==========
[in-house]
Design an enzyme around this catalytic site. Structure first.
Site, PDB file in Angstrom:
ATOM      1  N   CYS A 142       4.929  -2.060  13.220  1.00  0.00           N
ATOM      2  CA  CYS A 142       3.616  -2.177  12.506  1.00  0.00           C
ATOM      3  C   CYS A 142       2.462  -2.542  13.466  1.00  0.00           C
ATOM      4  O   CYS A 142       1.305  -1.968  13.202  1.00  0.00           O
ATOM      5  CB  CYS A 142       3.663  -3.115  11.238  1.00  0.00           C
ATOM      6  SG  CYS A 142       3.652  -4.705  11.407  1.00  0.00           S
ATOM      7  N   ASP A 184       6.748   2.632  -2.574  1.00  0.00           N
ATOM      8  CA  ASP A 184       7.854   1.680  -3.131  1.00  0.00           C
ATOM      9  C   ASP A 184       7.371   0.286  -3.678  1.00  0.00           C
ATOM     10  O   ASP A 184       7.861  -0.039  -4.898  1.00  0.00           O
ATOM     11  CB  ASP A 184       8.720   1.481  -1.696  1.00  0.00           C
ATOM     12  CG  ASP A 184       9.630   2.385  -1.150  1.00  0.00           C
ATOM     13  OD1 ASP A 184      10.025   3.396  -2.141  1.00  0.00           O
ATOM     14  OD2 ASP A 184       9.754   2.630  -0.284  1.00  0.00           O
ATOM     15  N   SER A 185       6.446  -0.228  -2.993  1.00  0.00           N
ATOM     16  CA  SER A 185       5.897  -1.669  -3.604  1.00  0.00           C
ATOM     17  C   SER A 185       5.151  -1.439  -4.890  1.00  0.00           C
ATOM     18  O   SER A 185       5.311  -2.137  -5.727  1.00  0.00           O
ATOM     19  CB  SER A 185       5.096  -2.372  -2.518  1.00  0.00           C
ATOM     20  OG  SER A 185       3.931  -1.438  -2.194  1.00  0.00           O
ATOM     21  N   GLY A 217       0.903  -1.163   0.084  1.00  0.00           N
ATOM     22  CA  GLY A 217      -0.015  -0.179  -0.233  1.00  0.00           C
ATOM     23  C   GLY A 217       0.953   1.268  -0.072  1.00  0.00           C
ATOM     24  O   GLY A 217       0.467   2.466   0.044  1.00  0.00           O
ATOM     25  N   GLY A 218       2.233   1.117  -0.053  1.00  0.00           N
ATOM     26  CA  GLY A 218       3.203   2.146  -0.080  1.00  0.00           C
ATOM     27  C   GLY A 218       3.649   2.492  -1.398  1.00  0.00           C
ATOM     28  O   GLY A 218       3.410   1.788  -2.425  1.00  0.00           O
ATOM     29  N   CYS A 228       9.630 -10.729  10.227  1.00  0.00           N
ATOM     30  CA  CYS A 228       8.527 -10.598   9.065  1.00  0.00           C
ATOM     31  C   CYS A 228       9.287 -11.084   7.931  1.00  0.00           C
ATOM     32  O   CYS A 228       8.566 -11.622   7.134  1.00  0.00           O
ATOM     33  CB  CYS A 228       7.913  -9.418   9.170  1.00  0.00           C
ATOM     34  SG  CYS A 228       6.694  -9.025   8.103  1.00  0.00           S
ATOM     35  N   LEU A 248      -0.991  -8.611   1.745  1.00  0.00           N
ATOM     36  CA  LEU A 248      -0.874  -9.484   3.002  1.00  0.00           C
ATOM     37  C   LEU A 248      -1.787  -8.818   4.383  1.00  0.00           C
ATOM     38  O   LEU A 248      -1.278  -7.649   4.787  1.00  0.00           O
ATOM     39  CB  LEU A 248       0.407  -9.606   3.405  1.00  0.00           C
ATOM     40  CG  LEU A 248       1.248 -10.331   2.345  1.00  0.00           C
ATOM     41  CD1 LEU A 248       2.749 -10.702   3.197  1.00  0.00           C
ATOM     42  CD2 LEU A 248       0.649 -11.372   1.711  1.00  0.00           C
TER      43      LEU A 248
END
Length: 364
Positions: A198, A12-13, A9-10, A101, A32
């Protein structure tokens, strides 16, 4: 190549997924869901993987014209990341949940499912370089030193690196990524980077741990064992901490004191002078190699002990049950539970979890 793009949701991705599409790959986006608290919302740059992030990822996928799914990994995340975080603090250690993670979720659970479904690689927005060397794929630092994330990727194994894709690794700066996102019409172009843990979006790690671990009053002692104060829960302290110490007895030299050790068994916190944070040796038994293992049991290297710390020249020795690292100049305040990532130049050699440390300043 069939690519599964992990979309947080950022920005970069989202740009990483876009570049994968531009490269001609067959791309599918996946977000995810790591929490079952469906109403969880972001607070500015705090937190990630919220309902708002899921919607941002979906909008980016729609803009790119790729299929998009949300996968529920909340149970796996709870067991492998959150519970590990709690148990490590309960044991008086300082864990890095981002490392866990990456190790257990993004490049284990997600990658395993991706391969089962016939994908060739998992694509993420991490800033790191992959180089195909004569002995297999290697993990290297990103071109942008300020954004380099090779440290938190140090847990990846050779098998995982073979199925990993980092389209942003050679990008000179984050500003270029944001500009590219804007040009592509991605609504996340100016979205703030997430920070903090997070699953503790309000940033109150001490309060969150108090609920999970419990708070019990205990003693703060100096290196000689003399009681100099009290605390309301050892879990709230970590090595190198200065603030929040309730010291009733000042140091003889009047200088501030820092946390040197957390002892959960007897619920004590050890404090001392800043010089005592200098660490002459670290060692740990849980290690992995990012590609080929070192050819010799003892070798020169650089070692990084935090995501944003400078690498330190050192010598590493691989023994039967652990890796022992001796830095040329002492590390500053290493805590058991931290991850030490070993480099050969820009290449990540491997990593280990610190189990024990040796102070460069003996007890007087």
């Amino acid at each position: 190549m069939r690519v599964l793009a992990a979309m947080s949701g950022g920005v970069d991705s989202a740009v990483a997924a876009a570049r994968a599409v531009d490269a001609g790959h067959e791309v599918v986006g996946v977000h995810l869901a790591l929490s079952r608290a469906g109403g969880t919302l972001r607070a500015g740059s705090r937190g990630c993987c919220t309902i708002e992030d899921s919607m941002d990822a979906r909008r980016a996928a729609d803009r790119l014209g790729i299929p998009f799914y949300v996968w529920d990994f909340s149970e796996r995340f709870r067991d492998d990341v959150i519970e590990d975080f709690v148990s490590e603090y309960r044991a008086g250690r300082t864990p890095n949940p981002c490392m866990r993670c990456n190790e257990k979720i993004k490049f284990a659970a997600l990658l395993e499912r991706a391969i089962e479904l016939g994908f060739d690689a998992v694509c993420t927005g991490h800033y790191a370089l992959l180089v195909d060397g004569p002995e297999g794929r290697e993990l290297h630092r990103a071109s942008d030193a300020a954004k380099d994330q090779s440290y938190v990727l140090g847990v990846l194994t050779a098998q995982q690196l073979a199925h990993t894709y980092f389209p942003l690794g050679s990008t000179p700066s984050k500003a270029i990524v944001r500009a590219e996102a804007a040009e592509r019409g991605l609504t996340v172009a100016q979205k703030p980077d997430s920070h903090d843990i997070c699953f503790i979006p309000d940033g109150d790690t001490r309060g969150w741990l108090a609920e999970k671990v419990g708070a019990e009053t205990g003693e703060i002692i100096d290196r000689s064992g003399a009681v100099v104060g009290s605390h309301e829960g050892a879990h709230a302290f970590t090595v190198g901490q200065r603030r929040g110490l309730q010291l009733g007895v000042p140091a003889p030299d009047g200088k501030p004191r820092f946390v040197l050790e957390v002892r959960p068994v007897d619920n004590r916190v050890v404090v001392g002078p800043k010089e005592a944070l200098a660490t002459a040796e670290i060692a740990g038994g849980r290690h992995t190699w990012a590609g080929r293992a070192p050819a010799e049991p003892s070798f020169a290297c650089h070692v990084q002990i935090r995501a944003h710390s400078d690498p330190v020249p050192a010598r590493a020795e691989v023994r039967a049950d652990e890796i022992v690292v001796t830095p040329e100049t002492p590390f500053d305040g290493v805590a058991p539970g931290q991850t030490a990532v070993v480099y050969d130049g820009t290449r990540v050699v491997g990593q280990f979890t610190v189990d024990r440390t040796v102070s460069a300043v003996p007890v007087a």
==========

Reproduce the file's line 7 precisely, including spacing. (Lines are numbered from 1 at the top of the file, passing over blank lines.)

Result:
ATOM      4  O   CYS A 142       1.305  -1.968  13.202  1.00  0.00           O